Oils: Why, Which One and How to feed?

by Karen McGivena February 21, 2023 4 min read

Oils: Why, Which One and How to feed?

Written by Briony Witherow MSc, BSc, RNutr.

What are fats and oils?

We often hear the terms fat and oil used interchangeably, and while their basic chemical structure is technically the same, their properties are slightly different. A key difference is that fats are solid at room temperature and tend to be higher in saturated fats, while oils are liquid at room temperature and tend to be higher in unsaturated and polyunsaturated fats.

Both fats and oils are classed as lipids, the building blocks of which are fatty acids. Depending on which fatty acids make up a triglyceride and how they are connected, will change how they are classified; some examples include saturated, unsaturated, and polyunsaturated fats.  Polyunsaturated fats (or “PUFAs”) are a source of two well-known categories of fatty acids: omega 3 and omega 6.

Essential and Non-Essential Fatty Acids

As the name suggests, essential fatty acids are required for basic function of the body and therefore need be provided for in the ration. These include omega 3, 6 and 9. Within each omega ‘family’ group, there are members (forms of omega fatty acids) that are very useful (readily useable in the body), and those that are not so useful. The most common form of omega 3 is Alpha Linolenic Acid (ALA) and for omega 6 is Linoleic Acid (LA), and while these can form more useful forms, the method through which they achieve this is thought to be inefficient. You can choose to supplement sources which directly provide readily usable forms, for example algae oil contains EPA and DHA. Alternatively, linseed oil is an excellent source of ALA. 

Omega 3 vs Omega 6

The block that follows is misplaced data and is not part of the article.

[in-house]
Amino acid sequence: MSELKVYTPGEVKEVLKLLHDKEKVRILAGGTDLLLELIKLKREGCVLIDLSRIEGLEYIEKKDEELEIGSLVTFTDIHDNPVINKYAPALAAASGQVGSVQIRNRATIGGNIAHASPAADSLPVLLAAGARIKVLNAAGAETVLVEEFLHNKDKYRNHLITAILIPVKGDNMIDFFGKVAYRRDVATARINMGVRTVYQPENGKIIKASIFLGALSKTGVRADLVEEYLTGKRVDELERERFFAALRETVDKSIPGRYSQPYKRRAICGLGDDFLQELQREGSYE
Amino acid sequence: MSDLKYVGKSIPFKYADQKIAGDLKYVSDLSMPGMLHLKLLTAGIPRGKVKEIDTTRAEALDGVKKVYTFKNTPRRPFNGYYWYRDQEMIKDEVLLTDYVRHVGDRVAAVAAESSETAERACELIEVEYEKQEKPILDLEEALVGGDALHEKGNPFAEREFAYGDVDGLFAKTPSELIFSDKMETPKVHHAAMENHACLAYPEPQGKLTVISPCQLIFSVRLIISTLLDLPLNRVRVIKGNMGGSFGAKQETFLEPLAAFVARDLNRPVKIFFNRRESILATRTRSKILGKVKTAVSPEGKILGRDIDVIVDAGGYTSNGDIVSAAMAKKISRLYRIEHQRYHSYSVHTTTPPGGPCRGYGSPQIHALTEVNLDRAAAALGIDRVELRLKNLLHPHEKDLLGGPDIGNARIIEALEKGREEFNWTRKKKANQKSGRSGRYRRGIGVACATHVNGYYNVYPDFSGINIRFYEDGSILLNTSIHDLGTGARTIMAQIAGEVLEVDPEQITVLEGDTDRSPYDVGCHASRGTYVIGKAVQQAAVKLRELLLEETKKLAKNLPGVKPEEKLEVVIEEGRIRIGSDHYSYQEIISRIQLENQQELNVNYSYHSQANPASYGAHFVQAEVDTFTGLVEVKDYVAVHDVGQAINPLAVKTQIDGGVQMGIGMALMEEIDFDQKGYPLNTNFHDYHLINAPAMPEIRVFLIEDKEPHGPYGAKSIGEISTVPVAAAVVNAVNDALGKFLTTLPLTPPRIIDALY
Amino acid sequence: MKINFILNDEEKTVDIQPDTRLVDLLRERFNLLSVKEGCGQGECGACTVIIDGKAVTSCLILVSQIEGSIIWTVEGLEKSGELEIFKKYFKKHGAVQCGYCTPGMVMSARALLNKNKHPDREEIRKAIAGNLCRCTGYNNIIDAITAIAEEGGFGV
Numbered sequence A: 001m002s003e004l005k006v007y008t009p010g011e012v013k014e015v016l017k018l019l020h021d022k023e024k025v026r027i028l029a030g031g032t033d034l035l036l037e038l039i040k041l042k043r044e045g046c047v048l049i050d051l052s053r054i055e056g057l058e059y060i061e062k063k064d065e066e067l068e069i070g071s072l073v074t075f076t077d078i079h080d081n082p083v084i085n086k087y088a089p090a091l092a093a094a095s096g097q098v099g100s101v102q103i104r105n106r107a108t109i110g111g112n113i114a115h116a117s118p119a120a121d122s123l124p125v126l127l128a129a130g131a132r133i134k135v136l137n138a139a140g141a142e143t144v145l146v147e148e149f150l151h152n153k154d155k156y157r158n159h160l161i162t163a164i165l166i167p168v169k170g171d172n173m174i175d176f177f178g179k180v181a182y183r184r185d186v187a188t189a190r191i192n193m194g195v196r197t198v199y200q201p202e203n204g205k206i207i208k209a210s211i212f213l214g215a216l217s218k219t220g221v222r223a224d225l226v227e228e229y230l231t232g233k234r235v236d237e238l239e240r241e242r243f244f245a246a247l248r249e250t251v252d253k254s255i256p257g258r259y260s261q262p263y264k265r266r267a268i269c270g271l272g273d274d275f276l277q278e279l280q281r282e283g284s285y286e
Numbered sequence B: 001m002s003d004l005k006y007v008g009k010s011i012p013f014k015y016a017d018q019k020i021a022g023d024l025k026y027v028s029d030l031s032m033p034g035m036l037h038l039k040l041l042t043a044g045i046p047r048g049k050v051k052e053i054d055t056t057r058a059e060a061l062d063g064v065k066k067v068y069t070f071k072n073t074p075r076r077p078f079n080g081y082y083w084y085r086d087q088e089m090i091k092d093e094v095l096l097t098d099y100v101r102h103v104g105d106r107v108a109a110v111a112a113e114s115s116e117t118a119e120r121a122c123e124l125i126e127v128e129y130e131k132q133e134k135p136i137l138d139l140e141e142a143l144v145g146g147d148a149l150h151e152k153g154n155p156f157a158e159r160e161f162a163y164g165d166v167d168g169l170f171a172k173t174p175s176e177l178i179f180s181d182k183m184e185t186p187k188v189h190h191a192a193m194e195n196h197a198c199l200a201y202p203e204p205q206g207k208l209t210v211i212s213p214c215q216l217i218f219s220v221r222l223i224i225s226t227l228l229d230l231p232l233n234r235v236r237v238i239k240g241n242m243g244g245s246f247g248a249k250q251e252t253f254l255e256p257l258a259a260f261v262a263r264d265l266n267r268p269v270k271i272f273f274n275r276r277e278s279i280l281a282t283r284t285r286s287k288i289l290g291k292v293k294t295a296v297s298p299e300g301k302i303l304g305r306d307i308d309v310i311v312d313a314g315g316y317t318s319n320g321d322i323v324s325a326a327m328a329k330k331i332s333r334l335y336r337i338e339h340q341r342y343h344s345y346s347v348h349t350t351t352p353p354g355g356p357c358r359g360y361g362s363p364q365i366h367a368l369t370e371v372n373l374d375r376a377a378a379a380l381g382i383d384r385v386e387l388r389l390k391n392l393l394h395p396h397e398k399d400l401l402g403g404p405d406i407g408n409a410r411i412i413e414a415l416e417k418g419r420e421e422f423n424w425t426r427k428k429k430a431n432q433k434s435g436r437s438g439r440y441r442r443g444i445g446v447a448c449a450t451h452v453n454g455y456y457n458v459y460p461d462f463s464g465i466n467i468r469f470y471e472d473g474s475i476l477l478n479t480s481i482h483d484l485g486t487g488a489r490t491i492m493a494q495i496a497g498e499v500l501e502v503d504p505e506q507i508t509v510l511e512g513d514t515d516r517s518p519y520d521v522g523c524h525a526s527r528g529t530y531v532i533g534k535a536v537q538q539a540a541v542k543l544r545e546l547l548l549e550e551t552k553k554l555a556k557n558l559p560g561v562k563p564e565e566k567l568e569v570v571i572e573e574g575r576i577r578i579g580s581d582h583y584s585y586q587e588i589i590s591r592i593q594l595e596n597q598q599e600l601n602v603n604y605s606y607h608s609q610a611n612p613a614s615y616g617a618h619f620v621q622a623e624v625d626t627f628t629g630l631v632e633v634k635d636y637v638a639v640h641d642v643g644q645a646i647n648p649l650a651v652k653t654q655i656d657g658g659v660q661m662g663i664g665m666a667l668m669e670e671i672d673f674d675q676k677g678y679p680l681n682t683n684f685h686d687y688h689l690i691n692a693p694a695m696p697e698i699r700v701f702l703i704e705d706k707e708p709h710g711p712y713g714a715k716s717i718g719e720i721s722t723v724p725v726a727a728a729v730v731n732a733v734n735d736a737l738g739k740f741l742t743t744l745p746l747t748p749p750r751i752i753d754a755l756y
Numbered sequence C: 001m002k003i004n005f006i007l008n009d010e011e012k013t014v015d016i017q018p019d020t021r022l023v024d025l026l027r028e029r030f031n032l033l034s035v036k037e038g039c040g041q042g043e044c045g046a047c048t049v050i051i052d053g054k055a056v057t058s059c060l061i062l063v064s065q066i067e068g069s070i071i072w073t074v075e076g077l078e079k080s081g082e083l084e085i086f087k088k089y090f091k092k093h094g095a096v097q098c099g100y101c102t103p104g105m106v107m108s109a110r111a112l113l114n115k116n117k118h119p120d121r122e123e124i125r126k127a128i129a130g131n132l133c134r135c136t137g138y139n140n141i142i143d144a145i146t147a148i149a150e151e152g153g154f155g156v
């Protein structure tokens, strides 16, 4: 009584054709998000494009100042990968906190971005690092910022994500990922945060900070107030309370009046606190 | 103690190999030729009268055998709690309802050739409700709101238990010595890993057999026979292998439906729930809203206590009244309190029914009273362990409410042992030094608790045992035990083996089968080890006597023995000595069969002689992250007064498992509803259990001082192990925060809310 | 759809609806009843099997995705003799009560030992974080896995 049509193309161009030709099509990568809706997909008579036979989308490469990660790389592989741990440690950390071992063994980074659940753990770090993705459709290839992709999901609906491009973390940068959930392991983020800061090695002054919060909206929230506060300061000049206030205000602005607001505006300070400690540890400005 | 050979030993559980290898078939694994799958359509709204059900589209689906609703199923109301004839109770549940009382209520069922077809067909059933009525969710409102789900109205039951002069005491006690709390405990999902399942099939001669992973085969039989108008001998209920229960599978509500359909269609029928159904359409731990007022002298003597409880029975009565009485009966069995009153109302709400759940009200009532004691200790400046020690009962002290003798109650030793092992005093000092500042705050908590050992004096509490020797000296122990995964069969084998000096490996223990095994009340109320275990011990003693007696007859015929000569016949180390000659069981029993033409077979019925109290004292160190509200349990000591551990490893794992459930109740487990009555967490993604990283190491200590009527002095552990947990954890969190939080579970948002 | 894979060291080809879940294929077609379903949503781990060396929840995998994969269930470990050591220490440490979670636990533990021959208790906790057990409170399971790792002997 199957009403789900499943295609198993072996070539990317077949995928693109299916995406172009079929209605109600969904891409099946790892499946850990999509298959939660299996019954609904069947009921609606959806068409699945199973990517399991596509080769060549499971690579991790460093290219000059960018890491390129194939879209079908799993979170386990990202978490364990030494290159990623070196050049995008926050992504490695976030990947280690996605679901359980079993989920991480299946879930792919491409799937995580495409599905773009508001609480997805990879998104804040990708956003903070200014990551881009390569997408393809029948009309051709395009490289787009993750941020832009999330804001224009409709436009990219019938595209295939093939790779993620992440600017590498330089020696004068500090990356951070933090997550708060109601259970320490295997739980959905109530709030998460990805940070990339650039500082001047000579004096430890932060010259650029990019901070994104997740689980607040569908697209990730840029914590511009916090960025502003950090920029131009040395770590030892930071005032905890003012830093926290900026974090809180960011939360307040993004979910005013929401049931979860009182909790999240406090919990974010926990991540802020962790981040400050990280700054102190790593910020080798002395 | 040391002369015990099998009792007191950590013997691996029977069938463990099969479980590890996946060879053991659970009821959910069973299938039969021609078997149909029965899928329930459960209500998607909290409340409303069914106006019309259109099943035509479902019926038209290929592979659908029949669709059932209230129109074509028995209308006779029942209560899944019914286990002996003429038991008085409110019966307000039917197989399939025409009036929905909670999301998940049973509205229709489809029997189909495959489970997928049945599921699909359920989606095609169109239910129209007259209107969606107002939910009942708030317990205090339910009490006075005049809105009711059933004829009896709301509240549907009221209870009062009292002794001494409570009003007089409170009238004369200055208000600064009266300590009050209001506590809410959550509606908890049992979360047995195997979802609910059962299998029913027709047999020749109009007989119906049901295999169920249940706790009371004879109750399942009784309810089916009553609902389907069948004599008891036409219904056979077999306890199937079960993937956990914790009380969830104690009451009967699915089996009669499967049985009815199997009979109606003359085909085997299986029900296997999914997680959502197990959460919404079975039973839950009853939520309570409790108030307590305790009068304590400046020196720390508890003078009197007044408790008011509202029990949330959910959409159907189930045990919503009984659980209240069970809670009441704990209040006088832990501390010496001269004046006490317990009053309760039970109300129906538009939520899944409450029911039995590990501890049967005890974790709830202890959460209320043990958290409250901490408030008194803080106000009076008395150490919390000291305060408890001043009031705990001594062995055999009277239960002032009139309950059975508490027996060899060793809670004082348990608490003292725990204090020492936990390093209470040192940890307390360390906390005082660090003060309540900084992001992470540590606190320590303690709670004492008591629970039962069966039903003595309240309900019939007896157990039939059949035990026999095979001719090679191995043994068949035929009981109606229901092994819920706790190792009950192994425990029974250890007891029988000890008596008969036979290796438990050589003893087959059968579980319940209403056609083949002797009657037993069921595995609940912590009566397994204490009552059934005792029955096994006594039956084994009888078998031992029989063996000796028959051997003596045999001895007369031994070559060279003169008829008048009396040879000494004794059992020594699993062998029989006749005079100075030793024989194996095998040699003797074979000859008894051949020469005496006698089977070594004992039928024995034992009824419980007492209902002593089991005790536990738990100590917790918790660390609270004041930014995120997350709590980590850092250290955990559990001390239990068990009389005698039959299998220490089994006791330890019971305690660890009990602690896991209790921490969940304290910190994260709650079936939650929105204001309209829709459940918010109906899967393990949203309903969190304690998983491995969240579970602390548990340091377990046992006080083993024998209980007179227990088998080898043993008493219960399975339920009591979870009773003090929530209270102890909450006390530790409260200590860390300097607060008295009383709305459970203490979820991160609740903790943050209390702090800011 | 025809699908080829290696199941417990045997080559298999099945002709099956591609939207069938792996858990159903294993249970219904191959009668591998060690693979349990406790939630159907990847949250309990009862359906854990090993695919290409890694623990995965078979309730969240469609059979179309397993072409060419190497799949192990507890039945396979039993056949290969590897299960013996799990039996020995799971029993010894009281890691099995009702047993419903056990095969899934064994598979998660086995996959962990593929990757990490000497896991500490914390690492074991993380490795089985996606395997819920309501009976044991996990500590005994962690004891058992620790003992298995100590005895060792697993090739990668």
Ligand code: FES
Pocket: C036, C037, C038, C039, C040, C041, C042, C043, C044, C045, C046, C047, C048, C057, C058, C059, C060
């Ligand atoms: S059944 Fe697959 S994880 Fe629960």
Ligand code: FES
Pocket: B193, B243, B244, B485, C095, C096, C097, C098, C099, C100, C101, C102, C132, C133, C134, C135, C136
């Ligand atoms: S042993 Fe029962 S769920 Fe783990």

The useful forms of omega 3 (EPA and DHA) and omega 6 (AA and DGLA) produce prostaglandin (hormone-like substances responsible for regulating body functions) which play an important role in mediating inflammation. Omegas 3 and 6 have slightly different roles in this process - omega 3 is anti-inflammatory and omega 6 is pro-inflammatory.  While the benefits of anti-inflammatory responses are more obvious, pro-inflammatory responses are also key. These help to maintain the immune system and are essential during times of injury, infection, or sickness.  Due to their shared role in inflammation and immunity, the ratio of omega 3 to 6 is thought to be important (however the optimum ratio is – as yet -  unknown).

What we do know is that the ration of the domesticated horse is likely to be significantly higher in omega 6, in comparison to the natural diet which would likely have been higher in omega 3. Omega 3 fatty acids naturally occur in forage but are found in higher concentrations in linseed and fish oil (the latter often less palatable), while Omega 6 fatty acids are abundant in cereals, corn oil, rice-bran and soya oil. Subsequently, domesticated horse rations are often higher in omega 6 than omega 3.

As such, when we consider overall fatty acid content, those on poor quality or restricted forage may be deficient, and for those on large quantities of concentrate feed, the intake of omega 6 is likely to be significantly in excess of omega 3 (more so if these rations are also low in forage).

Benefits of Omega 3

  • Improves skin and hair coat quality